The coercive use of financial power as bargaining leverage, ordinarily by the husband, is matched to some extent by the wife-mother's dominion, generally speaking, over the children. During and after negotiations the custodial parent has the most to say about the quality and quantity of parent-child contacts with the other parent. The parent may sabotage that relationship. Oratory aside, the campaign to make joint or shared custody the norm, on the personal level, involves a struggle over bargaining leverage. For the past one hundred and fifty years in this country, a fit mother was awarded custody in nine out of ten cases and the father was relegated to "reasonable visitation." Today, we have the doctrine of the "more fit" parent. But times have changed and roles no longer are fixed and immutable. Over half of American wife-mothers are employed in the market place. Many husband-fathers are actively involved in child-rearing.
The wage discrimination against women in the market place still remains and employment opportunities for women are more limited, especially for those who have in the past concentrated on the difficult job of running the household and rearing children, and thus have lost meaningful career opportunities outside the home. Statistics show that following divorce the economic position of the former wife rapidly deteriorates while that of most former husbands substantially improves.
So the breadwinner and holder of the purse has and retains coercive bargaining leverage. That person in large measure, controls the bargaining process since it is that person who has the resources for continuing warfare in and out of court. The enemy may soon be exhausted and give in to despair.
The advantages or unfair bargaining leverage engendered by statutes or court decisions have a far greater impact than one would suppose. For one thing, such natural or unnatural advantages politicize the divorce process and distract us from the merits of the particular case or issue, and the rhetoric is heating up rather than cooling down as competing groups vie for more bargaining leverage and clout.
The protocol for the bargaining process calls for a willingness to be flexible and to make concessions where it matters least in order to obtain concessions that matter more. Parties are encouraged to reach an agreement and to settle between themselves. In this chapter I discuss the essential clauses that should be part of these agreements.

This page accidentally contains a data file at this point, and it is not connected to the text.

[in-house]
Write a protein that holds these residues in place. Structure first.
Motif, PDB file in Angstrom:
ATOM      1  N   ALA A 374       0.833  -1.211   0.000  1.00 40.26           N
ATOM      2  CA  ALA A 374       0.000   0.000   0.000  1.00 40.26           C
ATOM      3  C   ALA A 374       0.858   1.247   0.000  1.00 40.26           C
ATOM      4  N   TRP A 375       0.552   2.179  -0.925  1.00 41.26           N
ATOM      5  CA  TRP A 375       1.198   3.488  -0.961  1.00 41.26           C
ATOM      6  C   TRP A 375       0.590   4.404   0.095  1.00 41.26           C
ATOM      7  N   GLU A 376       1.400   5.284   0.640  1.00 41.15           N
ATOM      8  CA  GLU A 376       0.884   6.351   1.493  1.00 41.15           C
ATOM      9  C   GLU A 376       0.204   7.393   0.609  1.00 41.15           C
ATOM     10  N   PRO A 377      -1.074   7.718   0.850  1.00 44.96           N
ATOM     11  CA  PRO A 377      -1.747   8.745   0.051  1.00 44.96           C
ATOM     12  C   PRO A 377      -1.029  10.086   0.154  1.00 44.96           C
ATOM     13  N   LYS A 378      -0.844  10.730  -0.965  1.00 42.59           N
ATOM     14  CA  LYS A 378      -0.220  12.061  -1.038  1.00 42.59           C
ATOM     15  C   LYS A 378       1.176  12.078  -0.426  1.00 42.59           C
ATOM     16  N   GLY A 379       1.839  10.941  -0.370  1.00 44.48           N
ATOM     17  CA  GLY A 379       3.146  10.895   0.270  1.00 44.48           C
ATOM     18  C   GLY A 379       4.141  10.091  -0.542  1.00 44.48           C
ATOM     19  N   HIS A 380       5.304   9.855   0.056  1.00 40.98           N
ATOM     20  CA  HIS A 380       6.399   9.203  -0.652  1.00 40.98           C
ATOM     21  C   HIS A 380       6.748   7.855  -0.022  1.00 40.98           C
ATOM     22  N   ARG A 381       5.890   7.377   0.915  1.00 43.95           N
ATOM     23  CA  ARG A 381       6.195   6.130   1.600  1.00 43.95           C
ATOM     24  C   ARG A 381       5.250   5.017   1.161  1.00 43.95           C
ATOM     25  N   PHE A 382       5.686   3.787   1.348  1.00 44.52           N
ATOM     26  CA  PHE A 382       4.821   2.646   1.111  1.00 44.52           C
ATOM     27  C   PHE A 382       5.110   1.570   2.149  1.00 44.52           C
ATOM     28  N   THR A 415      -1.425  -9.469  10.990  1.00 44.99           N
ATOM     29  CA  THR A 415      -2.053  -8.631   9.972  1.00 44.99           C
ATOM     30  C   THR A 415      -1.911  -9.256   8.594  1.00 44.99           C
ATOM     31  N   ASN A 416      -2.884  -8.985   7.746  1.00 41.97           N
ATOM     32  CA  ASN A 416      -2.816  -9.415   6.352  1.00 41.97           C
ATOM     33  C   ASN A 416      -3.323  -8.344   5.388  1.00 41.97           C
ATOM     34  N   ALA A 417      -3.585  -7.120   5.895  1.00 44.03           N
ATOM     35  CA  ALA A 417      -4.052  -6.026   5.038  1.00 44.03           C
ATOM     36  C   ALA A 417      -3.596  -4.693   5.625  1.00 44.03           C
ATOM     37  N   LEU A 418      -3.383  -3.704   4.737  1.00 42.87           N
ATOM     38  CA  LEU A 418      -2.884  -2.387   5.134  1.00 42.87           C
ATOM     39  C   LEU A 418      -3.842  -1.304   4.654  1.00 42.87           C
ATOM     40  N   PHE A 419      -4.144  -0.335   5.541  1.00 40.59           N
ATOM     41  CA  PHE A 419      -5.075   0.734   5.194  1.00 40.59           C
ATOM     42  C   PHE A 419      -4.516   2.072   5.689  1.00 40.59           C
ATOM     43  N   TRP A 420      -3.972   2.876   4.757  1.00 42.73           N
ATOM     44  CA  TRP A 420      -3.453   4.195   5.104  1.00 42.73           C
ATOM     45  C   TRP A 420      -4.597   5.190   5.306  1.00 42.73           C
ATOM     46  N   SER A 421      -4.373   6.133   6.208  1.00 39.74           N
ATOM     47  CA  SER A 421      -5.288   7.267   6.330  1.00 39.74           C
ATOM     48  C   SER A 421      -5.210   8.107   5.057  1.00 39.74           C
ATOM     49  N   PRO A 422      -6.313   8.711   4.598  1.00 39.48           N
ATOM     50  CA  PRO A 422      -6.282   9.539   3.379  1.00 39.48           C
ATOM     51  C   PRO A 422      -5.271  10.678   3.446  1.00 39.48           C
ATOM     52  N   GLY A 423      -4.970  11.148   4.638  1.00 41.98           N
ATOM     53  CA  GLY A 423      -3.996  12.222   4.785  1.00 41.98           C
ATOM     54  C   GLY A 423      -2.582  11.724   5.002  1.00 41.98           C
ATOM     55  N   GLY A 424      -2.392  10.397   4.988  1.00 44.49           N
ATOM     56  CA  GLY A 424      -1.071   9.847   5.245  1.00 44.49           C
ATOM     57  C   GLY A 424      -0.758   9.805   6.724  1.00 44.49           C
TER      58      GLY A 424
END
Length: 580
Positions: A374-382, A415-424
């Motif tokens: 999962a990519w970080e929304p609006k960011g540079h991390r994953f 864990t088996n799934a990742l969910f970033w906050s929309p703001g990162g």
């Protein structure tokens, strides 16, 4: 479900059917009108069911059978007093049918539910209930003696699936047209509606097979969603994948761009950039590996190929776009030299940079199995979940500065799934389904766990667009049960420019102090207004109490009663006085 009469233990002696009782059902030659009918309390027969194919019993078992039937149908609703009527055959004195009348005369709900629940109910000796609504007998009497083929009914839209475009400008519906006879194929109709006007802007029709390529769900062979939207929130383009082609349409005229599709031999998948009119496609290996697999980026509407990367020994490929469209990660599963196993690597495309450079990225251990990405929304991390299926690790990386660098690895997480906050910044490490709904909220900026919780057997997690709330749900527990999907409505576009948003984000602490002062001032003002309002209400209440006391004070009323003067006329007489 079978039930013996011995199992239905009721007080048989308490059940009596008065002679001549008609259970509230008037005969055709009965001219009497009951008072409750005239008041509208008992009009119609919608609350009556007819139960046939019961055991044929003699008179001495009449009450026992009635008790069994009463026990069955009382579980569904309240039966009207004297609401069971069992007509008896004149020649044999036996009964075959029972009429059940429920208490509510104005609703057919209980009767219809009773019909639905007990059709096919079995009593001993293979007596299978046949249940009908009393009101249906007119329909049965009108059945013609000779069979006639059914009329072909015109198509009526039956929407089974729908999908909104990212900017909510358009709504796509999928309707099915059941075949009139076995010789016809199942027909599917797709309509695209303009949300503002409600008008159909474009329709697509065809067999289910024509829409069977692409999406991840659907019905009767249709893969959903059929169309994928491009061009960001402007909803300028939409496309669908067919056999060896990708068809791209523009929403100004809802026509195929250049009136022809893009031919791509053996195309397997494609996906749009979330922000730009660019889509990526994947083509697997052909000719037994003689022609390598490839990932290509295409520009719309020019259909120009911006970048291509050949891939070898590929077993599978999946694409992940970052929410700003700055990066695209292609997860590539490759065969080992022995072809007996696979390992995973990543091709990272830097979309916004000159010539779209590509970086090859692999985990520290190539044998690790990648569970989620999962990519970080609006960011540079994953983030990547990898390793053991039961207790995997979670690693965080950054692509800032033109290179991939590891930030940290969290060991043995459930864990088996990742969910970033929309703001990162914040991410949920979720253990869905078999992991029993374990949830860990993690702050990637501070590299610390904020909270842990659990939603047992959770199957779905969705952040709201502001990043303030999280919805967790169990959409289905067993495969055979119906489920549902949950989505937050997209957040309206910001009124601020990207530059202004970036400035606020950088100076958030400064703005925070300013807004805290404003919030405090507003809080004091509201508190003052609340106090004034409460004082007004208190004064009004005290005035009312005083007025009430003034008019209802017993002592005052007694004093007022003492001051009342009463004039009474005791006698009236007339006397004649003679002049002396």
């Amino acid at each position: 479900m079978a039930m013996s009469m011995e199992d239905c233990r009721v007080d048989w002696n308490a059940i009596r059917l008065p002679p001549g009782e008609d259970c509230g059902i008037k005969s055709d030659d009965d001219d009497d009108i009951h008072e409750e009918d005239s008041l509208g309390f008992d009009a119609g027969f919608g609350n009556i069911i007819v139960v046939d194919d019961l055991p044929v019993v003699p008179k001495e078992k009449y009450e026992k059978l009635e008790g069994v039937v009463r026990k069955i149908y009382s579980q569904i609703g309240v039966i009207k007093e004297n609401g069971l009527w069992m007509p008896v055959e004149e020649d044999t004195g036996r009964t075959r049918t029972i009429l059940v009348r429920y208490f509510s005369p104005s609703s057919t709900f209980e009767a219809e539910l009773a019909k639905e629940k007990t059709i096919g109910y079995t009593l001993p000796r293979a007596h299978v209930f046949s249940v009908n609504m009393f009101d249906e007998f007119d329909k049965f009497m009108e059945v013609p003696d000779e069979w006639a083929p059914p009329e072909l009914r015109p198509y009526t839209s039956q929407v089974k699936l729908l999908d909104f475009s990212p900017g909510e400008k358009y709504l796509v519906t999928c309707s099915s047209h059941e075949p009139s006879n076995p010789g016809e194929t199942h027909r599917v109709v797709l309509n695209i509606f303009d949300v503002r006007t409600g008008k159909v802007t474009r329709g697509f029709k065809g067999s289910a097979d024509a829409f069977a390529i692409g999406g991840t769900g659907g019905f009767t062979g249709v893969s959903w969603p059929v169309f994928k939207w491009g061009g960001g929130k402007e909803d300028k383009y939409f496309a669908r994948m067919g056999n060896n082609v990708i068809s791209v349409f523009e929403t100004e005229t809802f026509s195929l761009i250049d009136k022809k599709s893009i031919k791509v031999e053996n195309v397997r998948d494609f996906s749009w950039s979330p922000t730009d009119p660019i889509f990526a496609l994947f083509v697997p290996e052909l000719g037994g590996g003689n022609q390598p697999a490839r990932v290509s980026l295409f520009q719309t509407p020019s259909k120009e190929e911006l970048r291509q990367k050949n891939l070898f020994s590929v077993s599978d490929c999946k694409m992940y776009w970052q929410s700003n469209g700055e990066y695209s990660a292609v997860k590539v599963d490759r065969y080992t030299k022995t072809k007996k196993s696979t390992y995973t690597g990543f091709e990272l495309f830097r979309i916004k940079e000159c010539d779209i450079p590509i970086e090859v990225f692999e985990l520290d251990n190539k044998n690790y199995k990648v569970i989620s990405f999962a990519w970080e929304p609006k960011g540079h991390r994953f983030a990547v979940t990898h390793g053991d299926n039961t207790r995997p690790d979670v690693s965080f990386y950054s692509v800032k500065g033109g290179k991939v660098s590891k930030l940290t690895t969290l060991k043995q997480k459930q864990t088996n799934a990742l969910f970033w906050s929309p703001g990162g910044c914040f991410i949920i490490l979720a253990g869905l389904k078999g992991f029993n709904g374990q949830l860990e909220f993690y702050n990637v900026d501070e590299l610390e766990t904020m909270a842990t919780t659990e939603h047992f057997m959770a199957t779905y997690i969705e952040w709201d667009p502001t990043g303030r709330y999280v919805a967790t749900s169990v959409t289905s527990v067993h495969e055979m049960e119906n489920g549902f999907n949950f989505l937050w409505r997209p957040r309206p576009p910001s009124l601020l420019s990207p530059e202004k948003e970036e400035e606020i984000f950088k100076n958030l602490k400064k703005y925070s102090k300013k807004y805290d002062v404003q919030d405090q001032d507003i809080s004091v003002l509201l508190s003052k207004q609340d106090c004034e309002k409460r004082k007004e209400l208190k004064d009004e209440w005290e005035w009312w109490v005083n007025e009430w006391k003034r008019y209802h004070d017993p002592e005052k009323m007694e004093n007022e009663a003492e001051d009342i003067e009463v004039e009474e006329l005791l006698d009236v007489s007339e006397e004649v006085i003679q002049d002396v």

The preamble lists the date of the agreement, the names of the parties to the agreement and their addresses. A marital agreement should have a preamble, just like any other contract, reciting the names and addresses of the parties and the phrases used throughout the agreement to refer to them individually and jointly, if necessary.


An agreement should recite the date of the parties marriage, the names and dates of birth of their children, and whether they expect to have any more children. It may also contain a statement of the representations, if any that the parties are making to one another and an expression of the intention of the parties in entering into the agreement. The recitals are at the beginning of the matrimonial agreement before the statement of the consideration and are not part of it, although a court construing the agreement may consider them.

All contracts must have some consideration, that is both parties must have obligations to the other. If there is no consideration for an agreement the agreement will usually not be valid because it will amount to nothing more than a promise to make a gift, which is not enforceable until the gift is given. The consideration for marital agreements are the mutual promises contained in the agreements. These agreements are generally authorized by the Domestic Relations Law of the particular state, as long as they comply with the statutory requirements. To the extent that an antenuptial agreement is executory, it must be supported by sufficient consideration. Generally, the marriage itself constitutes sufficient consideration for the promises of a spouse, although there may be other valuable consideration, such as mutual promises.


Sometimes the parties want to express in the body of the agreement, rather than in the recital, what their intentions are with regard to its provisions. This is where it should be done as it will become a part of the agreement.

In a separation agreement, a provision providing for the parties' separation must be in the agreement, (i.e., "The Parties will live separate and apart as if such parties were single and unmarried.") This is not, however, authorization to engage in adultery.


This clause requires each spouse to leave the other alone during the period of the parties' separation and not to interfere with the other or sue to compel a resumption of cohabitation. A provision against molestation in a separation agreement is an independent condition, and its breach does not terminate the agreement or relieve the other spouse from his or her obligations.


The agreement should specify what property each party is to retain or receive. There should be a provision filling any gaps in case something is forgotten or inadvertently left out of the agreement. This provision covers the gap by making it clear that each party keeps what he has in his name, custody, possession or control at that time unless specifically stated otherwise.

The agreement should specify who is the party responsible for past, present and future debts. This clause specifies the division of obligations. It should also provide the penalty for a breach of its provisions.